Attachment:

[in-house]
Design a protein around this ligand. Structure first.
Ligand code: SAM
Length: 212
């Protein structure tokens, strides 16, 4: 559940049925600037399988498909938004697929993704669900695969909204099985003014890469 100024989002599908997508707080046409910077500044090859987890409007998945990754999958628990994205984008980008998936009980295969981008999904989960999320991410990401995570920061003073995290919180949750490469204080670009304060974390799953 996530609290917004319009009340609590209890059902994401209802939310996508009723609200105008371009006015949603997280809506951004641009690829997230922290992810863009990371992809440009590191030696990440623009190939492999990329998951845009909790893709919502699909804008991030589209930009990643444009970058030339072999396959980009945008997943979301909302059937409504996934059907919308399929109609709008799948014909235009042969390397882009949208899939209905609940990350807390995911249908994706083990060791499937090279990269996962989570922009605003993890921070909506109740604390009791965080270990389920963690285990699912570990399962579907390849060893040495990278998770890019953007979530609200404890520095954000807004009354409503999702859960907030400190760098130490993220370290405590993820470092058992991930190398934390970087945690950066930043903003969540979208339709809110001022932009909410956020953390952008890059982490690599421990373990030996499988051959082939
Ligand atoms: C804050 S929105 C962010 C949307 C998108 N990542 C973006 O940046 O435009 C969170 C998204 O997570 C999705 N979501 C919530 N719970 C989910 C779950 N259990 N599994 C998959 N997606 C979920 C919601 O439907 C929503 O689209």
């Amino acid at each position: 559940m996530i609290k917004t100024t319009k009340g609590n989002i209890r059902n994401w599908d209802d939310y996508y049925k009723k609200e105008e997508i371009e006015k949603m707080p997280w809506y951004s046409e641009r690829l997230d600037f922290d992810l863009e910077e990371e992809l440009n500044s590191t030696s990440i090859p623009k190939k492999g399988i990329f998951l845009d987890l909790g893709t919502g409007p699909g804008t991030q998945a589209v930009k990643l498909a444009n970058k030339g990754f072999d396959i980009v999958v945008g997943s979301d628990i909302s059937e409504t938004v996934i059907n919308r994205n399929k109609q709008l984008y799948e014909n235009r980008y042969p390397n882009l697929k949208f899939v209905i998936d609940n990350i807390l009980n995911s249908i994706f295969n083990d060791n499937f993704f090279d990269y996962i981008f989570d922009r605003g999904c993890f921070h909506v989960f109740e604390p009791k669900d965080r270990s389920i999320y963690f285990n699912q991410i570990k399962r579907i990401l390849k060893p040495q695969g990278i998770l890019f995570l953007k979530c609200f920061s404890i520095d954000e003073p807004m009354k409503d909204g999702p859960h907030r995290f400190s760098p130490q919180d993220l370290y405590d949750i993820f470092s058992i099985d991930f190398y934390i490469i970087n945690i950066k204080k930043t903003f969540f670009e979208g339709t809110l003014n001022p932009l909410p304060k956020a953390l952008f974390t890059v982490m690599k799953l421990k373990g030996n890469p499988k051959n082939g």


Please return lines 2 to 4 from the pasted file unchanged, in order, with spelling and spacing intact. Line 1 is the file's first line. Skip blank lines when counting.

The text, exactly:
Design a protein around this ligand. Structure first.
Ligand code: SAM
Length: 212